L-R: Hessen Digital Minister Kristina Sinemus and Mayor Thomas Fehling, Source: City of Bad Hersfeld

German city lets AI control traffic lights to make green waves for first responders

German city lets AI control traffic lights to make green waves for first responders

The optimal goal of the project is to ensure that emergency services are able to get to where they need to go in the span of 10 minutes

At the start of August, local authorities in Bad Hersfeld, Germany, announced new funding for a cutting-edge Smart City project for traffic control for first responders. The funding of 2.28 million euros came from the state government of Hessen, through the Starke Heimat Hessen (Strong Homeland Hessen) programme.

The smart project aims to use a host of traffic data that is updated in real-time about the traffic concentration in the city. The data would then help first responders navigate the hectic urban environment to get to emergencies within a 10-minute time frame.

Traffic control and first responders

At first glance, the project seems to not be doing anything more complex than what modern GPS is already capable of, however, a statement by the city sheds some more light on what authorities are trying to implement.

According to the statement, the city’s traffic light system will be integrated with the first responders’ tool and apart from plotting the shortest route, it will be capable of controlling the lights to create green corridors.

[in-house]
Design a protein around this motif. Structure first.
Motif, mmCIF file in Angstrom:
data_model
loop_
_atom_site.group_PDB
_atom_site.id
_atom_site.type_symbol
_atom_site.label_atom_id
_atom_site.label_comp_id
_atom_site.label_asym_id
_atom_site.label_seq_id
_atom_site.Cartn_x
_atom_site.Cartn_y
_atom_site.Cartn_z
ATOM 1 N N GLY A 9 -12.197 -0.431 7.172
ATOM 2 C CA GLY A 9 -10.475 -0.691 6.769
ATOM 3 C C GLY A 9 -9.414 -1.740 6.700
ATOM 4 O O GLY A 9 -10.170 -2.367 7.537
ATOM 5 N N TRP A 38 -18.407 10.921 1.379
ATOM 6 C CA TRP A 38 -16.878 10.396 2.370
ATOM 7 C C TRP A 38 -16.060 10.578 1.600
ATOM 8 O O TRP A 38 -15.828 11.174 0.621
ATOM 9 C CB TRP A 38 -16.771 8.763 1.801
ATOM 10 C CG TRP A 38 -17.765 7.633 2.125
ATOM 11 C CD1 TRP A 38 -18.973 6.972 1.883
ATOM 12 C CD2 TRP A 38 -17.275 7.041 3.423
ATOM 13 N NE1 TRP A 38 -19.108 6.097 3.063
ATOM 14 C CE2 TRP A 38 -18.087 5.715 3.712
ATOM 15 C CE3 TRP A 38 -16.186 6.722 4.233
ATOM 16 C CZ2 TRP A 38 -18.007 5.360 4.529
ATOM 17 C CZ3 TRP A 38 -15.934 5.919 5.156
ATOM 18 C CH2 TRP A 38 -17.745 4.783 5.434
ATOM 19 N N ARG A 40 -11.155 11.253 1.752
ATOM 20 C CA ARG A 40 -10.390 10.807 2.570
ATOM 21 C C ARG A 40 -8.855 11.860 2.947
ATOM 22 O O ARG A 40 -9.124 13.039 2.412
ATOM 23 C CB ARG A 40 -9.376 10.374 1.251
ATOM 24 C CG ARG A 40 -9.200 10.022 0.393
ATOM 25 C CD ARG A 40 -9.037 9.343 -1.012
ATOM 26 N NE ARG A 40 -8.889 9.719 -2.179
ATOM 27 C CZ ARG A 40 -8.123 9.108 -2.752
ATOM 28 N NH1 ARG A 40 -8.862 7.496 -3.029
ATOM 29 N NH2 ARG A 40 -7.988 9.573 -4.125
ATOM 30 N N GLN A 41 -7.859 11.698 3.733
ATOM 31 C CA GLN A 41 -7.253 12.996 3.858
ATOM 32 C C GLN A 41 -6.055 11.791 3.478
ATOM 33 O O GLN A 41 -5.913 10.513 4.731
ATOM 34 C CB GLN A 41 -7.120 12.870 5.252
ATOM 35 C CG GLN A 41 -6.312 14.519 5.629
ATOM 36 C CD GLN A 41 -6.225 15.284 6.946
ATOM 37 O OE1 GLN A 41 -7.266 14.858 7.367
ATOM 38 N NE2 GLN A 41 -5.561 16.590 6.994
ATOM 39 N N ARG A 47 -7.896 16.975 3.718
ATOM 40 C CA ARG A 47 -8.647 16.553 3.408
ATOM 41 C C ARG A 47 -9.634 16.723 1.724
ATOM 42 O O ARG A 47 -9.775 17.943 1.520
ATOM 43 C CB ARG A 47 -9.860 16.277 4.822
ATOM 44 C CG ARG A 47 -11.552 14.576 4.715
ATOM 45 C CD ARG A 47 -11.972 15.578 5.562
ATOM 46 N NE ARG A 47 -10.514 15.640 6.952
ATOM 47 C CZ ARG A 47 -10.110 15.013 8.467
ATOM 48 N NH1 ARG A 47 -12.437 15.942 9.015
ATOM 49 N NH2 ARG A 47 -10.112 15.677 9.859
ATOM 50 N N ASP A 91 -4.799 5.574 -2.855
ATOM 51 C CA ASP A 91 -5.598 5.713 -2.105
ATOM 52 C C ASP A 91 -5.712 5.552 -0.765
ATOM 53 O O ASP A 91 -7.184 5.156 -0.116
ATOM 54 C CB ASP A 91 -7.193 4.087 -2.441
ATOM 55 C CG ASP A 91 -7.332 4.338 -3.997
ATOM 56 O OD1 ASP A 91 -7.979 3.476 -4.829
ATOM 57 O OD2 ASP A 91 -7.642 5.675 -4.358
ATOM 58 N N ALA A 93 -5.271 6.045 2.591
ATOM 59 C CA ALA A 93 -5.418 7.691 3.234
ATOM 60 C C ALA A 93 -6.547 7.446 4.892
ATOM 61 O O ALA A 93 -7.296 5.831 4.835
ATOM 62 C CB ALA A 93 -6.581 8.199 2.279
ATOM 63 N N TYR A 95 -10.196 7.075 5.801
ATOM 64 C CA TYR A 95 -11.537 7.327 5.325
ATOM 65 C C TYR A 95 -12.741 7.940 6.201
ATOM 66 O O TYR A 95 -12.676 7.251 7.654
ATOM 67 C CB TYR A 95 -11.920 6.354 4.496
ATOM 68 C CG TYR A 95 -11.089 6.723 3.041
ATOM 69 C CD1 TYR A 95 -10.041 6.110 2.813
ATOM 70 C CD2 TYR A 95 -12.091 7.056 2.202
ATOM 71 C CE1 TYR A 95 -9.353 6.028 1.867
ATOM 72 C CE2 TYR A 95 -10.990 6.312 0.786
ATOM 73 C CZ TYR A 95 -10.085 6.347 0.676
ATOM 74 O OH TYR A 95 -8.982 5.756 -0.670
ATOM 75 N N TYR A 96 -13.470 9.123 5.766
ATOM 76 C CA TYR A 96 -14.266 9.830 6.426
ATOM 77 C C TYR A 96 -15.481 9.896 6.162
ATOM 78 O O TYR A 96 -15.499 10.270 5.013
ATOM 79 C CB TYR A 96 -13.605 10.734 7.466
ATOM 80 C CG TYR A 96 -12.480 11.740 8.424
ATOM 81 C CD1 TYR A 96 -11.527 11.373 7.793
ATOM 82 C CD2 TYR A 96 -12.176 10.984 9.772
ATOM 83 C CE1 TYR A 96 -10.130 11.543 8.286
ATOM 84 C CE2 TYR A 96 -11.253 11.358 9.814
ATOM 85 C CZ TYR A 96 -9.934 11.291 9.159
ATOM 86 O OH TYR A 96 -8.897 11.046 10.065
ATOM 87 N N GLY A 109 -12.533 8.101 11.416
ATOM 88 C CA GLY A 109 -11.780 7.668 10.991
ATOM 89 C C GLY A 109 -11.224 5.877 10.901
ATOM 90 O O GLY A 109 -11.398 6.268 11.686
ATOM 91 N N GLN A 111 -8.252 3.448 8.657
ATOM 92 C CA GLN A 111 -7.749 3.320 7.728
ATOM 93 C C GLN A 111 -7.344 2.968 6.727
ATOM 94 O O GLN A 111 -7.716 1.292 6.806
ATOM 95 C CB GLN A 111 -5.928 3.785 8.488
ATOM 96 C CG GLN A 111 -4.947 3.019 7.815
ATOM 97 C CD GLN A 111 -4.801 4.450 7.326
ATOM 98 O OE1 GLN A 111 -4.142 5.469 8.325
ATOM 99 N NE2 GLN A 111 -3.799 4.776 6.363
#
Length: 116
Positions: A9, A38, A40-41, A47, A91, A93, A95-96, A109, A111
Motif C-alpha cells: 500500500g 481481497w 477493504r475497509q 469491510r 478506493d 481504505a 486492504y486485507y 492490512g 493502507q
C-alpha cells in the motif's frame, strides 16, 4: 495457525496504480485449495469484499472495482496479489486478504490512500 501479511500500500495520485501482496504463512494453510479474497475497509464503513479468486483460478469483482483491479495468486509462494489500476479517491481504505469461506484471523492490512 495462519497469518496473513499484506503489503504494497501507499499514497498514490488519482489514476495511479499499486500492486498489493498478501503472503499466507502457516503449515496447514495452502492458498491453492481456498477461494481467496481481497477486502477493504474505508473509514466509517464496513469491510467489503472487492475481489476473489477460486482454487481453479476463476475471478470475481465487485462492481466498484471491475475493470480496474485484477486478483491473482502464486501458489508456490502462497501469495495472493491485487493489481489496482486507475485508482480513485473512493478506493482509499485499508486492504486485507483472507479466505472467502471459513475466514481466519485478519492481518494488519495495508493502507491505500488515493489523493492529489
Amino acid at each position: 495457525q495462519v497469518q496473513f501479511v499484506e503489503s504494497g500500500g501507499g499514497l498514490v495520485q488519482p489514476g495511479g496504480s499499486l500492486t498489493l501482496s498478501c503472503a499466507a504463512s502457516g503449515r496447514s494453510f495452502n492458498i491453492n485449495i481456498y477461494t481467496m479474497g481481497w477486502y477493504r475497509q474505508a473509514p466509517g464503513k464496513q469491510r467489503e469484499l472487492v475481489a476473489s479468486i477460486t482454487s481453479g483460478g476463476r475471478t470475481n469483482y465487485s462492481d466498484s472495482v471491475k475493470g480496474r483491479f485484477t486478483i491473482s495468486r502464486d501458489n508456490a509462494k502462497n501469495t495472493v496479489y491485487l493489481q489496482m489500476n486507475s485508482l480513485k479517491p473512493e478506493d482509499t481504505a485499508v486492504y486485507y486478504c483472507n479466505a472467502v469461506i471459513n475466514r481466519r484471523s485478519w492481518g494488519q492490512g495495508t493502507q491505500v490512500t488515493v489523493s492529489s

This would, no doubt, create bottlenecks throughout the city, but the project’s designers plan to account with the help of a complex AI algorithm that would then manage to restart traffic and fix the jams.

The pilot edition host of the project will be the local fire brigade and during the trial period, experts will evaluate the effectiveness of the tool and whether a central traffic light control system needs to be integrated at all.

Regional cooperation

In recent years, Bad Harsfeld has become a model smart city, integrating innovations into everyday life. This includes a smart lighting system, that can be controlled via an app by citizens. With the system, people can dim or brighten some lights in the city.

According to an official statement, with this investment, the State Government of Hessen hopes to encourage other municipalities to adopt some of Bad Harsfeld’s policies and build up a smart region. This is why all the systems that the city develops to operate the first responders’ traffic tool will be freely available to other municipalities in the area.

This opinion was seconded by Hessen Digital Minister Kristina Sinemus. She was quoted in a press release, saying: “Modern digital technologies can literally help to save lives. Because every minute counts in rescue operations. Hessian municipalities will also benefit from it since busy streets in the city area are not just a problem in Bad Hersfeld."

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